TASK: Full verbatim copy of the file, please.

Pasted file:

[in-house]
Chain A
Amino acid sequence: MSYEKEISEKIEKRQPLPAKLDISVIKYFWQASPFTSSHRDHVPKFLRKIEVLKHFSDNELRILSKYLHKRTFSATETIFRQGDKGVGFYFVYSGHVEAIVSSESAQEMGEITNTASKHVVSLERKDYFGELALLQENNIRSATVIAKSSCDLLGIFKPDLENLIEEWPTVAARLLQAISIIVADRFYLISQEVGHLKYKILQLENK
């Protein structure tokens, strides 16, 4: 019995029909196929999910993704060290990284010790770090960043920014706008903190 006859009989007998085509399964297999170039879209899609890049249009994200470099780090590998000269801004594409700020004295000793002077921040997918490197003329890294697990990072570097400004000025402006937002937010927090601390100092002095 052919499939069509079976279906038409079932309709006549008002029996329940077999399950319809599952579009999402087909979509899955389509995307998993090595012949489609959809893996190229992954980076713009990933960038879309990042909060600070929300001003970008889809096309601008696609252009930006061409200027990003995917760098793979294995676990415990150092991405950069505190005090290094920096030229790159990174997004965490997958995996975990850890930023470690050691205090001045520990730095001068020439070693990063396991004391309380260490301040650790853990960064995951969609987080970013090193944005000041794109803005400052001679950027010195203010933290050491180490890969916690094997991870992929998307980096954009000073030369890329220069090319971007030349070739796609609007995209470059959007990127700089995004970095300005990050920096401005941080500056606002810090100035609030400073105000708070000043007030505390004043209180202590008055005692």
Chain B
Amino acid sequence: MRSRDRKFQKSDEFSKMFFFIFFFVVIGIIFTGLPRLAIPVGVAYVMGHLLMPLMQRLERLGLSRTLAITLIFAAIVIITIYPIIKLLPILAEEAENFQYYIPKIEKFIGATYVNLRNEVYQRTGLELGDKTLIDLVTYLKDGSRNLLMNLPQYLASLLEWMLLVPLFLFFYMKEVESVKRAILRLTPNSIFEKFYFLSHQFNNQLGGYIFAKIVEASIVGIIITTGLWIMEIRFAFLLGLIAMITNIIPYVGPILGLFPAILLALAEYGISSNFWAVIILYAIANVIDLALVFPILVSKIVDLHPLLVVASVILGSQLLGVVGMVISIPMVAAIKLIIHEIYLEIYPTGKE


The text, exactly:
[in-house]
Chain A
Amino acid sequence: MSYEKEISEKIEKRQPLPAKLDISVIKYFWQASPFTSSHRDHVPKFLRKIEVLKHFSDNELRILSKYLHKRTFSATETIFRQGDKGVGFYFVYSGHVEAIVSSESAQEMGEITNTASKHVVSLERKDYFGELALLQENNIRSATVIAKSSCDLLGIFKPDLENLIEEWPTVAARLLQAISIIVADRFYLISQEVGHLKYKILQLENK
């Protein structure tokens, strides 16, 4: 019995029909196929999910993704060290990284010790770090960043920014706008903190 006859009989007998085509399964297999170039879209899609890049249009994200470099780090590998000269801004594409700020004295000793002077921040997918490197003329890294697990990072570097400004000025402006937002937010927090601390100092002095 052919499939069509079976279906038409079932309709006549008002029996329940077999399950319809599952579009999402087909979509899955389509995307998993090595012949489609959809893996190229992954980076713009990933960038879309990042909060600070929300001003970008889809096309601008696609252009930006061409200027990003995917760098793979294995676990415990150092991405950069505190005090290094920096030229790159990174997004965490997958995996975990850890930023470690050691205090001045520990730095001068020439070693990063396991004391309380260490301040650790853990960064995951969609987080970013090193944005000041794109803005400052001679950027010195203010933290050491180490890969916690094997991870992929998307980096954009000073030369890329220069090319971007030349070739796609609007995209470059959007990127700089995004970095300005990050920096401005941080500056606002810090100035609030400073105000708070000043007030505390004043209180202590008055005692």
Chain B
Amino acid sequence: MRSRDRKFQKSDEFSKMFFFIFFFVVIGIIFTGLPRLAIPVGVAYVMGHLLMPLMQRLERLGLSRTLAITLIFAAIVIITIYPIIKLLPILAEEAENFQYYIPKIEKFIGATYVNLRNEVYQRTGLELGDKTLIDLVTYLKDGSRNLLMNLPQYLASLLEWMLLVPLFLFFYMKEVESVKRAILRLTPNSIFEKFYFLSHQFNNQLGGYIFAKIVEASIVGIIITTGLWIMEIRFAFLLGLIAMITNIIPYVGPILGLFPAILLALAEYGISSNFWAVIILYAIANVIDLALVFPILVSKIVDLHPLLVVASVILGSQLLGVVGMVISIPMVAAIKLIIHEIYLEIYPTGKE